Labour Research September 2009

European news

Polish government plans to raise threshold for collective bargaining

The Polish government plans to raise the level of support necessary before unions have a right to bargain with the aim of limiting the number of unions active in Poland.

At present, all unions with at least a 10% level of membership in a workplace have a right to negotiate. This figure falls to 7% if the union belongs to one of the three main union confederations, Solidarnosc, OPZZ or FZZ. A union can be formed with just 10 members and there are some 6,300 local unions with no links to national confederations.

Zbigniew Chelbowski, the parliamentary chief of the ruling centre-right PO party, said the intention is to increase the negotiating threshold to between 25% and 33%. He explained that with the change “we will on the one hand limit the number of unions and on the other make negotiations between employers and employees easier.”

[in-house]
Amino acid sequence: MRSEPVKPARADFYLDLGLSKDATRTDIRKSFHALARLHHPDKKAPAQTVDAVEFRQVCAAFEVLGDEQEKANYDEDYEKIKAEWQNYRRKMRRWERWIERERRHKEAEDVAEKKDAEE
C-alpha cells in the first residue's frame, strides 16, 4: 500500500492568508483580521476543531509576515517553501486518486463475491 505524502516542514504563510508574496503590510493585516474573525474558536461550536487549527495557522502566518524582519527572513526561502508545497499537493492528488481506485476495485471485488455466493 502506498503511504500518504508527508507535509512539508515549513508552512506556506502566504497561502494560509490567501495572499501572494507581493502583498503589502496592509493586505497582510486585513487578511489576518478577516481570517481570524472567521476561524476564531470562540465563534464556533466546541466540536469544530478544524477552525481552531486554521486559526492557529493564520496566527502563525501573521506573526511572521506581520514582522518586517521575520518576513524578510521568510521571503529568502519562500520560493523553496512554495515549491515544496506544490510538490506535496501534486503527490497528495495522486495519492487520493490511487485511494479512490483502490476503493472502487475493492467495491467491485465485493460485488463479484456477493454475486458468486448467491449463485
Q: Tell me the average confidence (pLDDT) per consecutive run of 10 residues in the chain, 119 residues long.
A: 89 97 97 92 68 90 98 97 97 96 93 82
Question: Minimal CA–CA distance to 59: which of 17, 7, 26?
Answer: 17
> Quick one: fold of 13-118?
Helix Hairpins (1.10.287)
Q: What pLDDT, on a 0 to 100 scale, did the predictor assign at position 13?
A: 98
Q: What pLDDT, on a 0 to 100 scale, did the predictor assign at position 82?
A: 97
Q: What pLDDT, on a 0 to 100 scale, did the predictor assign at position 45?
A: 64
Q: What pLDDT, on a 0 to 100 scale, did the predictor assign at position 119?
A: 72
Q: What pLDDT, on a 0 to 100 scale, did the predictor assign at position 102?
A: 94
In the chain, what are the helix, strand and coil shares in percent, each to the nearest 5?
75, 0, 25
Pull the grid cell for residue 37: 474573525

The planned change has been welcomed in principle by the larger unions. Jan Guz, head of OPZZ, has described reaching agreement with so many unions as “practically impossible” and Solidarnosc leader Janusz Sniadek also says “small unions can block negotiations”. However, he believes 30% is “decidedly too high” and hopes to reach a more satisfactory solution following further discussions with the government and the employers.